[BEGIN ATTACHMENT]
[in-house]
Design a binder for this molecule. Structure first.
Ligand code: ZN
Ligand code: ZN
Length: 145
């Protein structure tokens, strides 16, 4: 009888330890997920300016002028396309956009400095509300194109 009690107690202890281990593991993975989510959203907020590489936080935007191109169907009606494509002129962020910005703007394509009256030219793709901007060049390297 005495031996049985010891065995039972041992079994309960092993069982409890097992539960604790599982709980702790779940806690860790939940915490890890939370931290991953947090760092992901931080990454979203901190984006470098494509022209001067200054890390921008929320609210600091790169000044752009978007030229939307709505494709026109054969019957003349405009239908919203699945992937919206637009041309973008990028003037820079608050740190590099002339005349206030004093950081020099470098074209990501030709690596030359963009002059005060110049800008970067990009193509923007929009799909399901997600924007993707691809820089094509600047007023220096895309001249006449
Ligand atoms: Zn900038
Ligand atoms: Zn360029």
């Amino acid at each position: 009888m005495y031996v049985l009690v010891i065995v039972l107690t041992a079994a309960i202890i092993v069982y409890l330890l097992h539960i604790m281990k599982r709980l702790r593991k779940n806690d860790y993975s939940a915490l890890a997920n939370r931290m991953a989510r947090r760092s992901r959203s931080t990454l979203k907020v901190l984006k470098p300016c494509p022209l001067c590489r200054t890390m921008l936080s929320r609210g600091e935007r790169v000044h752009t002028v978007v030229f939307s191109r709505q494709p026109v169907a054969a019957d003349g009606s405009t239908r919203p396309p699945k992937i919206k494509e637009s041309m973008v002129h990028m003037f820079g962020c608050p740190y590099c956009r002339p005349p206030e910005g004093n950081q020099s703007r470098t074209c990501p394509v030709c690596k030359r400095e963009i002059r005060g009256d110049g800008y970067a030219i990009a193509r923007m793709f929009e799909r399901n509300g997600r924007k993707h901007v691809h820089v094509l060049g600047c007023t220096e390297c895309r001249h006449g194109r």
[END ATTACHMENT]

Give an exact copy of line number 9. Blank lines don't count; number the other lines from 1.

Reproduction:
């Amino acid at each position: 009888m005495y031996v049985l009690v010891i065995v039972l107690t041992a079994a309960i202890i092993v069982y409890l330890l097992h539960i604790m281990k599982r709980l702790r593991k779940n806690d860790y993975s939940a915490l890890a997920n939370r931290m991953a989510r947090r760092s992901r959203s931080t990454l979203k907020v901190l984006k470098p300016c494509p022209l001067c590489r200054t890390m921008l936080s929320r609210g600091e935007r790169v000044h752009t002028v978007v030229f939307s191109r709505q494709p026109v169907a054969a019957d003349g009606s405009t239908r919203p396309p699945k992937i919206k494509e637009s041309m973008v002129h990028m003037f820079g962020c608050p740190y590099c956009r002339p005349p206030e910005g004093n950081q020099s703007r470098t074209c990501p394509v030709c690596k030359r400095e963009i002059r005060g009256d110049g800008y970067a030219i990009a193509r923007m793709f929009e799909r399901n509300g997600r924007k993707h901007v691809h820089v094509l060049g600047c007023t220096e390297c895309r001249h006449g194109r």